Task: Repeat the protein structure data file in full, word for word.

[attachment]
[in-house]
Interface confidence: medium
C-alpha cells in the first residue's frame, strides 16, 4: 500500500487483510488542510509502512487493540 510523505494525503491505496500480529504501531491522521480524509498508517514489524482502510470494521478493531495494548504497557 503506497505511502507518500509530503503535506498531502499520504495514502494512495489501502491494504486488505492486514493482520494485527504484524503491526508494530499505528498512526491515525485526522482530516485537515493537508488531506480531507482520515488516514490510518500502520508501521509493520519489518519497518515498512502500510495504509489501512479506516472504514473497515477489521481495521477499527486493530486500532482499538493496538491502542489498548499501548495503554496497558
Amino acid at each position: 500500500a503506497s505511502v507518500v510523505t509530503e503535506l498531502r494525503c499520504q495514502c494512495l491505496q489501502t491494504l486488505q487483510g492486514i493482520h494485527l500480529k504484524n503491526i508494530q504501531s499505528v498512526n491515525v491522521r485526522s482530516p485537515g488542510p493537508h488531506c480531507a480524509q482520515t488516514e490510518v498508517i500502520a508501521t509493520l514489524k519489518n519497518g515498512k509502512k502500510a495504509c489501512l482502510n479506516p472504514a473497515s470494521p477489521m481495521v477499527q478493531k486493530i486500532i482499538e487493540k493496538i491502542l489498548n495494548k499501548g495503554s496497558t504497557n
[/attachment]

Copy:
[in-house]
Interface confidence: medium
C-alpha cells in the first residue's frame, strides 16, 4: 500500500487483510488542510509502512487493540 510523505494525503491505496500480529504501531491522521480524509498508517514489524482502510470494521478493531495494548504497557 503506497505511502507518500509530503503535506498531502499520504495514502494512495489501502491494504486488505492486514493482520494485527504484524503491526508494530499505528498512526491515525485526522482530516485537515493537508488531506480531507482520515488516514490510518500502520508501521509493520519489518519497518515498512502500510495504509489501512479506516472504514473497515477489521481495521477499527486493530486500532482499538493496538491502542489498548499501548495503554496497558
Amino acid at each position: 500500500a503506497s505511502v507518500v510523505t509530503e503535506l498531502r494525503c499520504q495514502c494512495l491505496q489501502t491494504l486488505q487483510g492486514i493482520h494485527l500480529k504484524n503491526i508494530q504501531s499505528v498512526n491515525v491522521r485526522s482530516p485537515g488542510p493537508h488531506c480531507a480524509q482520515t488516514e490510518v498508517i500502520a508501521t509493520l514489524k519489518n519497518g515498512k509502512k502500510a495504509c489501512l482502510n479506516p472504514a473497515s470494521p477489521m481495521v477499527q478493531k486493530i486500532i482499538e487493540k493496538i491502542l489498548n495494548k499501548g495503554s496497558t504497557n